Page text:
of this was written down. They did not want to take the chance of the enemy getting hold of a
written copy of the code. These 29 soldiers spent countless hours creating and then memorizing
this complex code. As the war progressed, because the code continued to prove successful and
reliable in training camp, the Marine Corps finally gave the program the stamp of approval and
permission to recruit more Navajos in order to expand the project. When believed ready, the
code talkers were sent to change the course of the war in the pacific islands.
Upon first arriving to the battlefield, the Navajos proved little assistance. The
commanding generals did not trust the program, therefore they used the Navajos as regular
soldiers rather than the secret weapons they truly were. Chester Nez, one of the original 29
Navajo Code Talkers who developed the code, relates his experience when first arriving in the
pacific islands and one of the events that led to the commanding officers change of heart:
“At first there were quite a few generals and commanders who didn't think it was
going to work. So they set up two communications centers, one run by white
signalmen. They gave us both 10 messages to send and decipher. Theirs took
almost five minutes to cipher and decode, ours took one to two minutes,”
After experiences like these, which were common in the beginning usage of the Navajos, the
code talkers began gaining the recognition and usage in which they deserved while out in battle.
The Navajo code was by far the fastest and most accurate code the Americans used throughout
the war and the only one the Japanese could not decode. The code was created so beautifully that
not only the Japanese failed to break it, but English and Non-code-talking Navajos could not
make sense of it as well, (Ringle). The code also proved effective because it could be modified
and adapted to special needs while out in the field. As the war continued, advancements in
military weapons and methods resulted in the need for new words in the Navajo code. The code
talkers took this challenge and effectively expanded the code in order to meet the required needs
in the war, (Paul). This exemplifies the masterpiece of this invented code and the foresight the
original creators had to create a complex by adaptable code. From this we see benefits of the
code talker’s presence in the pacific islands. Interestingly the Navajo soldiers did more then just
man the communication posts; they also proved beneficial to the war efforts through their
dedication and determination while participating in regular combat.
The Navajo soldiers attended a boot camp before receiving training with the code. This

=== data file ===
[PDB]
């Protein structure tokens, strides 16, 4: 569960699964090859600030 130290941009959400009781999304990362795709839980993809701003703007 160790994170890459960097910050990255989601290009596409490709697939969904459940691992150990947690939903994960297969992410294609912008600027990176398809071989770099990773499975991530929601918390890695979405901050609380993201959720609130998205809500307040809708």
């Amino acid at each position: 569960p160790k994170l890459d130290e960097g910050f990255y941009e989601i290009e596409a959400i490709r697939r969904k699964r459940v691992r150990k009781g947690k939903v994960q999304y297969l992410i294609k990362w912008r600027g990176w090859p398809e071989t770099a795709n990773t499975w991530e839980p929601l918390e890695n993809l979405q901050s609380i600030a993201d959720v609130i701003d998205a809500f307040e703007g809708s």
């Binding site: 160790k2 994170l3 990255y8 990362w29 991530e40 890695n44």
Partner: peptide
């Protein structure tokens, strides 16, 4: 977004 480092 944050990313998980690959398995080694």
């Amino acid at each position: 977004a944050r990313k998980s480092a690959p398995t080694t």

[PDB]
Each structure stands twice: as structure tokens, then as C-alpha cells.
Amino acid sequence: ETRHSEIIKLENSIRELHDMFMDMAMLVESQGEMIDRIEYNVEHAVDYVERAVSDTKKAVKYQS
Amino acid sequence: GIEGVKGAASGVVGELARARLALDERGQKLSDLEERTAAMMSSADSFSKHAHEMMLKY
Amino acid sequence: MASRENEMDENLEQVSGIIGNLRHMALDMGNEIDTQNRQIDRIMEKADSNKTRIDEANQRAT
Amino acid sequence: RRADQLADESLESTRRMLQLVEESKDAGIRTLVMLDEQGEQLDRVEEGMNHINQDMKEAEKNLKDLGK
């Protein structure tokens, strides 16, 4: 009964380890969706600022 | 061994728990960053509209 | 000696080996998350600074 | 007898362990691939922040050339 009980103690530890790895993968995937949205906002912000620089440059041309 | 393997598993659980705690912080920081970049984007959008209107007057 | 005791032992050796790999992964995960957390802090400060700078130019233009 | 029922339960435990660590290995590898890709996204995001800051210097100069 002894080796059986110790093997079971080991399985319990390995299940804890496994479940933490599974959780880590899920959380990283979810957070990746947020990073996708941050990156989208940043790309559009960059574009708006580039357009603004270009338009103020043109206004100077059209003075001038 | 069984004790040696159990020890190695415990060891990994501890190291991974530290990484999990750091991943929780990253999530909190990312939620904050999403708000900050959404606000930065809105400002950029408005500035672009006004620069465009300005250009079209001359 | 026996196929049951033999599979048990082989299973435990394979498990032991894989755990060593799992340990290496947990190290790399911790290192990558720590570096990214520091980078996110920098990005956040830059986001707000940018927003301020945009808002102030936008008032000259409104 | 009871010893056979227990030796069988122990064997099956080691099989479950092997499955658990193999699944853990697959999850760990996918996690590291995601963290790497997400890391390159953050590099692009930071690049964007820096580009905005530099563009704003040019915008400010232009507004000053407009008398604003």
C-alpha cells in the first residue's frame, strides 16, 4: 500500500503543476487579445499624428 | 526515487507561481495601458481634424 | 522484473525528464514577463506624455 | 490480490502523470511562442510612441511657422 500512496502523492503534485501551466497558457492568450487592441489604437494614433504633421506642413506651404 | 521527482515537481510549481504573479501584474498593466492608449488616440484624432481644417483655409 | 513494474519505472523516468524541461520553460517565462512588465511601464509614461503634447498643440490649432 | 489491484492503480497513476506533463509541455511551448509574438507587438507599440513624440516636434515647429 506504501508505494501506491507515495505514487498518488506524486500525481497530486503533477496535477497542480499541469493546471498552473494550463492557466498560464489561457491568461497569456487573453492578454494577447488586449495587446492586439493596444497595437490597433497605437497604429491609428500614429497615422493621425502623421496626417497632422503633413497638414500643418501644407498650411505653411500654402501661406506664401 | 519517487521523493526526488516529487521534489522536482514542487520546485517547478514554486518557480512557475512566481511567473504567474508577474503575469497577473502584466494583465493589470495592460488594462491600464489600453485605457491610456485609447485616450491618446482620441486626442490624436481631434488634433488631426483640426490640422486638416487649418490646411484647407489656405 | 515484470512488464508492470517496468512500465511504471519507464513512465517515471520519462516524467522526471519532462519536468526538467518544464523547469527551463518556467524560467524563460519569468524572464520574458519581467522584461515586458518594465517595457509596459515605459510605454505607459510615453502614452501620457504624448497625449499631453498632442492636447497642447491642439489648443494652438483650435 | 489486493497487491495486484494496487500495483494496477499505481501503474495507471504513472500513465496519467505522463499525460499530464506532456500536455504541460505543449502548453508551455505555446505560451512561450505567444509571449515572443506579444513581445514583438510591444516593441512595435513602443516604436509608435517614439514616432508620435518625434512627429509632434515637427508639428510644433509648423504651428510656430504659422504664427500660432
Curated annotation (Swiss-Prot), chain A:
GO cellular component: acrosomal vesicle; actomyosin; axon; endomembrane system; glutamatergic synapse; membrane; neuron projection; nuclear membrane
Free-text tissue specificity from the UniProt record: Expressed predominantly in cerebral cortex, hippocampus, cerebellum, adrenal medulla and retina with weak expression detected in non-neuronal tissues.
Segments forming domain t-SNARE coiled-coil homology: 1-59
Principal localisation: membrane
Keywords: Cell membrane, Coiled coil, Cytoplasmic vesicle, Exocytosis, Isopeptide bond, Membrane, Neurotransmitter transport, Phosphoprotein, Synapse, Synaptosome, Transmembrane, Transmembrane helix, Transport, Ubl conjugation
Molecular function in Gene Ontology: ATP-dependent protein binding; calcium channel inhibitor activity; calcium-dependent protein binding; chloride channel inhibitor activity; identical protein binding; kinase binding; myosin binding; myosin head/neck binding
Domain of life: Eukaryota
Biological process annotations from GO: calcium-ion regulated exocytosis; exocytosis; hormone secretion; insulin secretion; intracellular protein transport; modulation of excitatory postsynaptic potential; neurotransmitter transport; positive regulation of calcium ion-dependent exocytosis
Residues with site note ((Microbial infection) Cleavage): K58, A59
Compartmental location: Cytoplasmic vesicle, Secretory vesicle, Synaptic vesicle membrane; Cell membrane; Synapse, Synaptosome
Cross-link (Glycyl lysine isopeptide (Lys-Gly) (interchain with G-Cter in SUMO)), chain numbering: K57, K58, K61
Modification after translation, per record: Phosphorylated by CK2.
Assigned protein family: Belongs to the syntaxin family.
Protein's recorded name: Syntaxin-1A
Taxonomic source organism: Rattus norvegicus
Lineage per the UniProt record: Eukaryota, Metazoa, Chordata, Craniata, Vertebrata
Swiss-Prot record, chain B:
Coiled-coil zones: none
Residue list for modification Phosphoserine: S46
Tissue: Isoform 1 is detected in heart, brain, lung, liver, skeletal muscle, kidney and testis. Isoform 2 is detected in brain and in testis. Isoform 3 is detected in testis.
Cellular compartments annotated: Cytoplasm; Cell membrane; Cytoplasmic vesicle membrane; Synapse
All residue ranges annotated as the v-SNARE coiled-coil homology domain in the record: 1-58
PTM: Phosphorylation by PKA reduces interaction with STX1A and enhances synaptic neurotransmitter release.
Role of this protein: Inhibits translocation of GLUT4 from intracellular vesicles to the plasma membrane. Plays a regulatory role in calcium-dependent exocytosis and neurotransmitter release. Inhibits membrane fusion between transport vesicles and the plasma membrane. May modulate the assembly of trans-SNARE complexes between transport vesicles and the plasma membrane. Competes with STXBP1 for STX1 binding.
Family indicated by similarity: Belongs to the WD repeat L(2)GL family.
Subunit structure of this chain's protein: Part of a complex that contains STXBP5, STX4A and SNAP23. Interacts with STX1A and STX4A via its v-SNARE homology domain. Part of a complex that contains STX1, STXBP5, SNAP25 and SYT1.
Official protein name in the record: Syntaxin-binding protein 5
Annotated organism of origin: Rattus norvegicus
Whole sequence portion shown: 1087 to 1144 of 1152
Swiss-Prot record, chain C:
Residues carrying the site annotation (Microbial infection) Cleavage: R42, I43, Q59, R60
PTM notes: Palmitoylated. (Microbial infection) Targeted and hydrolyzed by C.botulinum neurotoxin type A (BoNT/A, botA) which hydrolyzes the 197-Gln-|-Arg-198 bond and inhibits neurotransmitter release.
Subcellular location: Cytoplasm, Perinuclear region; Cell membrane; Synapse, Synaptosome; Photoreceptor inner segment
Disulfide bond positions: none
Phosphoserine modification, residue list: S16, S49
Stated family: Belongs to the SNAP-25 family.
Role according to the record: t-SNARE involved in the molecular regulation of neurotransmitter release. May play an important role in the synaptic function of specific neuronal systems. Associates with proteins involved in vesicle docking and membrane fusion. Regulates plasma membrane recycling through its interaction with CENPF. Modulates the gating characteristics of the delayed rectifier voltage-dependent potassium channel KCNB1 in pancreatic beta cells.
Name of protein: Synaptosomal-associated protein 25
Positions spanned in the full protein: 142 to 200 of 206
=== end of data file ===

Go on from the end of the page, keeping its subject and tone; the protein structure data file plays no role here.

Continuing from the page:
allowed the soldiers to participate in regular combat as well as participate as radio
communicators. The Navajo code talkers knew how important their job was in the war however;
this did not keep them from filling other roles that were needed in battle. One soldier recalls
being sent to an area to be in charge of a radio station however, when his commander assigned
him to fill another roll he was obedient and did as he was ordered, (Paul). Some of these roles
included machine gunners, infantrymen, and stretcher-bearers, all essential to the maintenance of
the frontline. Many times as the soldiers engaged in combat they would hear the words
“Arizona” or “New Mexico” transmitted over the radio which signaled the transmission of a
Navajo message. No matter what they were doing and no matter how far away they were, these
Navajo code talkers would drop what they were doing and make their way over to the
communication post to receive and decode the message. This took courage and dedication
because, for the most part, the code talkers were positioned on the frontlines with the rest of their
battalion. Many Navajo Code Talkers lost their lives on the front lines. They participated as
runners to carry messages from headquarters to the frontlines, many times while just carrying the
radio and no weapon, (Kawano). This was a highly dangerous job; however, they courageously
ran back and forth day and night showing bravery and dedication to the war effort. The Navajo
code talkers were a special type of soldier who, because of their culture and the way they were
raised, went above and beyond in their assigned labors. It is clear that they enhanced the war
effort through their hard work and determination; however, the real impact they left on the war
was through their unbreakable code.
By the end of the war, every American battalion in the pacific islands had Navajo code